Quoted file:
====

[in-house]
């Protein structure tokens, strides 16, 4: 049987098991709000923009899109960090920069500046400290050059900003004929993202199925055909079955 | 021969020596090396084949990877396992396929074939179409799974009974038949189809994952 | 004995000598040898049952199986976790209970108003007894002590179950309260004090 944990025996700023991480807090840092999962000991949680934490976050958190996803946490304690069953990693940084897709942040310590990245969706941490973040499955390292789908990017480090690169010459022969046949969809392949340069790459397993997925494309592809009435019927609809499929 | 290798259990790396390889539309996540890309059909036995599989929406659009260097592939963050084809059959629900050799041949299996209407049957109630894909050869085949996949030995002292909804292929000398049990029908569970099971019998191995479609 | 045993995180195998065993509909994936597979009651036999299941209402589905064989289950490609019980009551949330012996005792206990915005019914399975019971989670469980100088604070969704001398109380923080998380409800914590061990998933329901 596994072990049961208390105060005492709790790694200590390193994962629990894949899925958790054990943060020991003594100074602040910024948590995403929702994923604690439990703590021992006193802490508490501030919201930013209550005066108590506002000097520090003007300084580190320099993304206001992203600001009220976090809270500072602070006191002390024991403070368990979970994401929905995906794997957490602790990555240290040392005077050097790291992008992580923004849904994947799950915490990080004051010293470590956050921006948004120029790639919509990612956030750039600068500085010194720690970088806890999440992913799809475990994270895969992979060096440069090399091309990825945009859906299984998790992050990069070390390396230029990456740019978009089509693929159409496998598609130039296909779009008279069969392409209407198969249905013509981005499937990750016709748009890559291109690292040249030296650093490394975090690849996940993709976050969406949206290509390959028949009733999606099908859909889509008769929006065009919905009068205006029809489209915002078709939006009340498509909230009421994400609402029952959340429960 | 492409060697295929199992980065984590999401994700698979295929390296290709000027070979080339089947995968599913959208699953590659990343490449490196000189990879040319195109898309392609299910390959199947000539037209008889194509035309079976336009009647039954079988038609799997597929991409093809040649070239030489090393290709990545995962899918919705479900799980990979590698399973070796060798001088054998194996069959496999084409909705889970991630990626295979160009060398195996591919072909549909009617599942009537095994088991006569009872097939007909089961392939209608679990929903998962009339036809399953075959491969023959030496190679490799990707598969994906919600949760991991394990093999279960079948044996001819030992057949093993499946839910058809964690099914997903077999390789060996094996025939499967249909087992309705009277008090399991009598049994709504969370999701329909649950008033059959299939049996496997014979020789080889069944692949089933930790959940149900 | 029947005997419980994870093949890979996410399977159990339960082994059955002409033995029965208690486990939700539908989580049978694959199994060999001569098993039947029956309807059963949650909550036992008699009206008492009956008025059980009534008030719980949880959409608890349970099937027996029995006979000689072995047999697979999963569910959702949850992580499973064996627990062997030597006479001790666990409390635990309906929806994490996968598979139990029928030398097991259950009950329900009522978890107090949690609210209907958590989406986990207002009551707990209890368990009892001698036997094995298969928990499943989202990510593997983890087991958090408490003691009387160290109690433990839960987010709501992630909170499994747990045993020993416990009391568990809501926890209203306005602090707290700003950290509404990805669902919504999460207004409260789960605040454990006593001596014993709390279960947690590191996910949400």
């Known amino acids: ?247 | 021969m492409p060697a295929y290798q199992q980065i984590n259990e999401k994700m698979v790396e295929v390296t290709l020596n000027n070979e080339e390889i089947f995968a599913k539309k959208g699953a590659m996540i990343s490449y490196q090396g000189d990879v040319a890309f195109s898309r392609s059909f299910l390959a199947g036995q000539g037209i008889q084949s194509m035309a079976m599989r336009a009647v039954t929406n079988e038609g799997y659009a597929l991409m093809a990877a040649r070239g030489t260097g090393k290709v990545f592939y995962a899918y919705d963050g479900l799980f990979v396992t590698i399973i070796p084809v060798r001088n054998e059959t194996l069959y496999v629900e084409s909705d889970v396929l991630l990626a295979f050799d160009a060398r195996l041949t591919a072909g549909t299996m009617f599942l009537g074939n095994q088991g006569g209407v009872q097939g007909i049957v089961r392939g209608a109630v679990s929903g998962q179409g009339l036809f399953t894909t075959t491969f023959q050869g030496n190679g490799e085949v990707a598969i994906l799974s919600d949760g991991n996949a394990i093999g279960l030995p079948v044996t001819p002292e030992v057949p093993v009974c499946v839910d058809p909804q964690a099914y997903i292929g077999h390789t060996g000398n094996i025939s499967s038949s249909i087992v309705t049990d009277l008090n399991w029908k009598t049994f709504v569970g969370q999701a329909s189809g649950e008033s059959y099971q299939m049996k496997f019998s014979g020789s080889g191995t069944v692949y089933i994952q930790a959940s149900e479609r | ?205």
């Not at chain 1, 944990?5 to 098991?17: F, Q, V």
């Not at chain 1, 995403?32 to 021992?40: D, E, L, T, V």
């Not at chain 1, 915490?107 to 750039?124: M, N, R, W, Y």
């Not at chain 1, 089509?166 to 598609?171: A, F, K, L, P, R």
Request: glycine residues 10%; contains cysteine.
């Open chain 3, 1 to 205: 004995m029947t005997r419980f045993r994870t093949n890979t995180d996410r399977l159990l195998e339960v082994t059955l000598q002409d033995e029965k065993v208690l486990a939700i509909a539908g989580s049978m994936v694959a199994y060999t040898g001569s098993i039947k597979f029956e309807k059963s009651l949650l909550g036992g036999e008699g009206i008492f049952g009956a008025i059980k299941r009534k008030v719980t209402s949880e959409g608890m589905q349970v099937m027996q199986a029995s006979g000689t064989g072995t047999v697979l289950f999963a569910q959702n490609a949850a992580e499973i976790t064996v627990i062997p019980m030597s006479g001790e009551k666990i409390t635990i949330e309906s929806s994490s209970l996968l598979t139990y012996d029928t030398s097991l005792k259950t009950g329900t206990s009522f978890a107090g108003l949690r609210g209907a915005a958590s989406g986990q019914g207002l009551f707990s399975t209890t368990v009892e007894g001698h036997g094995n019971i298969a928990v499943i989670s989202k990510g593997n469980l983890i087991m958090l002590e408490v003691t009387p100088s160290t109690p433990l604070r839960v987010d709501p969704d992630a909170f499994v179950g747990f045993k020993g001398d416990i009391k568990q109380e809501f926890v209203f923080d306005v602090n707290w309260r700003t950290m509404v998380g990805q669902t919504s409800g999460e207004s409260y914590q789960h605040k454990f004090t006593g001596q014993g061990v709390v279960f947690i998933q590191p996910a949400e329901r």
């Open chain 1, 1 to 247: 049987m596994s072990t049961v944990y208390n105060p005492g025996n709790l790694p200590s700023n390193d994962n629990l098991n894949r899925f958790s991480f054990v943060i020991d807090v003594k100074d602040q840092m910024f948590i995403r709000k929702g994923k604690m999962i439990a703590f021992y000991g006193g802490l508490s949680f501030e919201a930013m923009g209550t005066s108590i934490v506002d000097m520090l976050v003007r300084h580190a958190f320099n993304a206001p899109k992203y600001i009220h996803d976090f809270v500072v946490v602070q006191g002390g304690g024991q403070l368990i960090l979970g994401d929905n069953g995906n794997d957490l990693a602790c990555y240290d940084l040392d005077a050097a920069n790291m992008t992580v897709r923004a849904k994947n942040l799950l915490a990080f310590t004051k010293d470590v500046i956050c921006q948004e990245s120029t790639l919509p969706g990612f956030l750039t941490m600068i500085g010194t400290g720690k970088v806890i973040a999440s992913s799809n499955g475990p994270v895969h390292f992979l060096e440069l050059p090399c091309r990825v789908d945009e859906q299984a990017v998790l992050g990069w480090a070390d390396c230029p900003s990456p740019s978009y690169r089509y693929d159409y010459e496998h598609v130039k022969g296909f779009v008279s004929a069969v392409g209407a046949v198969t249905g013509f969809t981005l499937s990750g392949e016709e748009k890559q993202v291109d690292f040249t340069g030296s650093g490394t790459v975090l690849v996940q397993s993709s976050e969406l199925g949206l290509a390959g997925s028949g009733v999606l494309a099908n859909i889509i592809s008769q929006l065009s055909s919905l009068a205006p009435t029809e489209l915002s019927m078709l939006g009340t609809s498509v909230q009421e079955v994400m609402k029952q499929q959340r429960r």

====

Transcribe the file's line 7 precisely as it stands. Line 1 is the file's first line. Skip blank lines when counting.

């Not at chain 1, 089509?166 to 598609?171: A, F, K, L, P, R």